When publicly accused of copying the game, King pulled Pac-Avoid from its website and issued a statement saying, “The details of the situation are complex, but the bottom line is that we should never have published Pac-Avoid. We have taken the game down from our site, and we apologize for having published it in the first place. Let me be clear, this unfortunate situation is an exception to the rule. King does not clone games, and we do not want anyone cloning our games.” Innocent developers don’t pull games from their site, especially when they have the money King.com has to pay lawyers. Maybe this was just a one off situation, maybe King.com made a one-time mistake. Well a game called Candy Swipe has something to say about that.
Released in 2010 by Albert Ransom, Candy Swipe could be mistaken for Candy Crush Saga’s long lost twin. Featuring the same match three gameplay, with colorful candy pieces, right down to its “Sweet” logo, Candy Swipe looks unmistakably like Candy Crush Saga. Candy Swipe’s story only gets more tragic when you find out about its origins. Ransom learned how to code after the death of his mother, and Candy Swipe was his first game and tribute to his late mother, who enjoyed that type of game. Now a game that was released two years before Candy Crush Saga, that is nearly identical to King.coms game should have no problem proving itself to be the original candy game, crushing if you will, any opposition from King.com, as Ransom filed a trademark application in 2010.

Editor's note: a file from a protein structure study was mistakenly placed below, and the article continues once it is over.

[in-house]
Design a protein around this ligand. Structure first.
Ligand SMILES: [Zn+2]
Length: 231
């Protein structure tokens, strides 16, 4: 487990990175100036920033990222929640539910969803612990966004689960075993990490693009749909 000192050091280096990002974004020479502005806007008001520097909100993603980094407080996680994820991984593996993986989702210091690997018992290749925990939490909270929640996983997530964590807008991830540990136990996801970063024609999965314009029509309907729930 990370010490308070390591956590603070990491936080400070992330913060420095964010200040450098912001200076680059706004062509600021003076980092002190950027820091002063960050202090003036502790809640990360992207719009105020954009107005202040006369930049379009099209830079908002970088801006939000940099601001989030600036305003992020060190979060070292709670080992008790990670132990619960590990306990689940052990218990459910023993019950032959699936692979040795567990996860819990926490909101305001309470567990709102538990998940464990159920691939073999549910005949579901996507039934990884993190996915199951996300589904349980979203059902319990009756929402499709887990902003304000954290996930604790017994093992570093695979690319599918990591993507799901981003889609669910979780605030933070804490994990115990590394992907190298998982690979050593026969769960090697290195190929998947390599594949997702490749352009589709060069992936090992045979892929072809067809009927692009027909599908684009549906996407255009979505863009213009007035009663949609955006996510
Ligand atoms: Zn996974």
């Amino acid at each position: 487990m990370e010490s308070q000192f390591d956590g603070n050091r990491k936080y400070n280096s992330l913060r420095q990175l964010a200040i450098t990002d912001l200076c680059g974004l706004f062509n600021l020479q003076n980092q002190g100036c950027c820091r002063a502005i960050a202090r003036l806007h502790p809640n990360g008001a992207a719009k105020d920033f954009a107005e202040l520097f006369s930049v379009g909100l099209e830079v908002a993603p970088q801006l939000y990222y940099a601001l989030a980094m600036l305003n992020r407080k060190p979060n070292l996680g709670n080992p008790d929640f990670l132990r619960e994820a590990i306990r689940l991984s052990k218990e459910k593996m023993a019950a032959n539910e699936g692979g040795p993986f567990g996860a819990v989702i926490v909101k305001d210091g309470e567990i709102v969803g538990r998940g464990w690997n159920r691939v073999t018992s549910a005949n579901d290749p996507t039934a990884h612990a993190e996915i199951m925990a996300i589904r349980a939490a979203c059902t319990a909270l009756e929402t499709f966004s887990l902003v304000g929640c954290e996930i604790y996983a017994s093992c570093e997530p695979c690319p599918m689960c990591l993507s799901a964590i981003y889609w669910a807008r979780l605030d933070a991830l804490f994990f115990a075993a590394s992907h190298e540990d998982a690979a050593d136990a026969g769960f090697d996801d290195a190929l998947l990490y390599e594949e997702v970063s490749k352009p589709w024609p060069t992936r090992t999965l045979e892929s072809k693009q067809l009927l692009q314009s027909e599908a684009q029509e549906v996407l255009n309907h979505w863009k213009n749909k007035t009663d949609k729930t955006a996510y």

Well, as it turns out, King.com purchased a game called Candy Crusher that had a trademarked claim to “Candy” going back to 2004. This led to an e-mail informing Ransom that he is infringing on King’s trademark of the word “Candy”. Ransom, having been battling King.com for over a year about the trademark was ready to throw in the towel, remarking that Candy Crush Saga not only caused him lack of income, but the stigma of people browsing the app store believing his game to be a cheap knock off of Candy Crush Saga. Ransom penned an open letter to King.com voicing his frustrations in the face of huge corporate obstacles. Since his initial blog post Ransom replaced the letter with a simple thanks for all the support.